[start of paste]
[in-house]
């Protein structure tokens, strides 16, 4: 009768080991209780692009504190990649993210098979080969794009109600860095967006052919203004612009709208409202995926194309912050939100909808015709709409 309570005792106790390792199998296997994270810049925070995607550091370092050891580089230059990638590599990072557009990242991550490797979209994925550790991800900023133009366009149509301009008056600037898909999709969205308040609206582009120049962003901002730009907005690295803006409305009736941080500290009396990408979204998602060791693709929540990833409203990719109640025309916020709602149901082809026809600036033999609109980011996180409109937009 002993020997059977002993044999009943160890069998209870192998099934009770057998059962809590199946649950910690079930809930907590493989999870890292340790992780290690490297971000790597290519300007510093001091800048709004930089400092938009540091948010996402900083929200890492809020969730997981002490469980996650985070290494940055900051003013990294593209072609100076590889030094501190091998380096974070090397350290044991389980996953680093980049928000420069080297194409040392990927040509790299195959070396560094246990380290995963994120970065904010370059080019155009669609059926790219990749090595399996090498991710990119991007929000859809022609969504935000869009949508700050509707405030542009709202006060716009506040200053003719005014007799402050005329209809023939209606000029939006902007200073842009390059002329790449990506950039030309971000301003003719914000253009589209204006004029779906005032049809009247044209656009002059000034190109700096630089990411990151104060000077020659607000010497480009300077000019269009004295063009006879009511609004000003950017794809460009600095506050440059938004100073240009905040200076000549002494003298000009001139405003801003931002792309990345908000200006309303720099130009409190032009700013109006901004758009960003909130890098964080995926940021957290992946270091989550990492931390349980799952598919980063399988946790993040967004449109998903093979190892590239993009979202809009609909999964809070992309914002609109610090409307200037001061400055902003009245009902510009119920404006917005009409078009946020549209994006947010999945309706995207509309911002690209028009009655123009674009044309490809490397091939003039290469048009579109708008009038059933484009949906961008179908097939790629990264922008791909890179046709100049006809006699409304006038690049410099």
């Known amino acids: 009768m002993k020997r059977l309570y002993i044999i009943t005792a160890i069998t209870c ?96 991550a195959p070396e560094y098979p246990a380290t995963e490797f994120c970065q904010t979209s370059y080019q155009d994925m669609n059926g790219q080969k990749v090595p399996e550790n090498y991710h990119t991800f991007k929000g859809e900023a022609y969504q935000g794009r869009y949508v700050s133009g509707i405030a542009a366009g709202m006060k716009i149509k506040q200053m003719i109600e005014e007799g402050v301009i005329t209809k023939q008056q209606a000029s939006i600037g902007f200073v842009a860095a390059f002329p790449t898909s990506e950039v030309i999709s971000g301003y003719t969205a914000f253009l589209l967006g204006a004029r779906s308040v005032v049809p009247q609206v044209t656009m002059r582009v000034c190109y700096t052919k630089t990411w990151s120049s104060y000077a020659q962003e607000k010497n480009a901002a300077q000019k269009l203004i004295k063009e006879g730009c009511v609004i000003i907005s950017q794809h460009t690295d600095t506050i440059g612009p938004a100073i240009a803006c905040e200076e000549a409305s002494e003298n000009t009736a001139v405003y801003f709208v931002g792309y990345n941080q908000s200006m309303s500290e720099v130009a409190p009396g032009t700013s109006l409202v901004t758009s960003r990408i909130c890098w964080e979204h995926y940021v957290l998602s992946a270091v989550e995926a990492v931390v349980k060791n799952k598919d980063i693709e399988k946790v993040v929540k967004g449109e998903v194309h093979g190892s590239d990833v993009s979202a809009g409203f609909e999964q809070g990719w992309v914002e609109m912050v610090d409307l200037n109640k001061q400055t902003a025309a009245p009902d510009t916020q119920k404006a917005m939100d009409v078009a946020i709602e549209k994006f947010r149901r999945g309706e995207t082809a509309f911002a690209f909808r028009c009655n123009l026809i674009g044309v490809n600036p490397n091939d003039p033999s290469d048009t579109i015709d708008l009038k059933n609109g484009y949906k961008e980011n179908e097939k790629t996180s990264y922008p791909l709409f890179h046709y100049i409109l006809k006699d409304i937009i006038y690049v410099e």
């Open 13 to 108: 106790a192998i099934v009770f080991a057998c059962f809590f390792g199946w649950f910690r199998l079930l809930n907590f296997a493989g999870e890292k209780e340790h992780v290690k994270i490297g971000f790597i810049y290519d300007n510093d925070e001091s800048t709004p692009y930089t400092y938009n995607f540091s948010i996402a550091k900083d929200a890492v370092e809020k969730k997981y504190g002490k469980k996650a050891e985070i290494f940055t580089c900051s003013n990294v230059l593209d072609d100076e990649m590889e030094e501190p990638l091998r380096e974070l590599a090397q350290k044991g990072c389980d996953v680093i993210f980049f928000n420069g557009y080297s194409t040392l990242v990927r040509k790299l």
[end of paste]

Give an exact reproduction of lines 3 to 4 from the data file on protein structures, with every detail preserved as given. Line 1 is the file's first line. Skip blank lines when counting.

């Known amino acids: 009768m002993k020997r059977l309570y002993i044999i009943t005792a160890i069998t209870c ?96 991550a195959p070396e560094y098979p246990a380290t995963e490797f994120c970065q904010t979209s370059y080019q155009d994925m669609n059926g790219q080969k990749v090595p399996e550790n090498y991710h990119t991800f991007k929000g859809e900023a022609y969504q935000g794009r869009y949508v700050s133009g509707i405030a542009a366009g709202m006060k716009i149509k506040q200053m003719i109600e005014e007799g402050v301009i005329t209809k023939q008056q209606a000029s939006i600037g902007f200073v842009a860095a390059f002329p790449t898909s990506e950039v030309i999709s971000g301003y003719t969205a914000f253009l589209l967006g204006a004029r779906s308040v005032v049809p009247q609206v044209t656009m002059r582009v000034c190109y700096t052919k630089t990411w990151s120049s104060y000077a020659q962003e607000k010497n480009a901002a300077q000019k269009l203004i004295k063009e006879g730009c009511v609004i000003i907005s950017q794809h460009t690295d600095t506050i440059g612009p938004a100073i240009a803006c905040e200076e000549a409305s002494e003298n000009t009736a001139v405003y801003f709208v931002g792309y990345n941080q908000s200006m309303s500290e720099v130009a409190p009396g032009t700013s109006l409202v901004t758009s960003r990408i909130c890098w964080e979204h995926y940021v957290l998602s992946a270091v989550e995926a990492v931390v349980k060791n799952k598919d980063i693709e399988k946790v993040v929540k967004g449109e998903v194309h093979g190892s590239d990833v993009s979202a809009g409203f609909e999964q809070g990719w992309v914002e609109m912050v610090d409307l200037n109640k001061q400055t902003a025309a009245p009902d510009t916020q119920k404006a917005m939100d009409v078009a946020i709602e549209k994006f947010r149901r999945g309706e995207t082809a509309f911002a690209f909808r028009c009655n123009l026809i674009g044309v490809n600036p490397n091939d003039p033999s290469d048009t579109i015709d708008l009038k059933n609109g484009y949906k961008e980011n179908e097939k790629t996180s990264y922008p791909l709409f890179h046709y100049i409109l006809k006699d409304i937009i006038y690049v410099e």
């Open 13 to 108: 106790a192998i099934v009770f080991a057998c059962f809590f390792g199946w649950f910690r199998l079930l809930n907590f296997a493989g999870e890292k209780e340790h992780v290690k994270i490297g971000f790597i810049y290519d300007n510093d925070e001091s800048t709004p692009y930089t400092y938009n995607f540091s948010i996402a550091k900083d929200a890492v370092e809020k969730k997981y504190g002490k469980k996650a050891e985070i290494f940055t580089c900051s003013n990294v230059l593209d072609d100076e990649m590889e030094e501190p990638l091998r380096e974070l590599a090397q350290k044991g990072c389980d996953v680093i993210f980049f928000n420069g557009y080297s194409t040392l990242v990927r040509k790299l």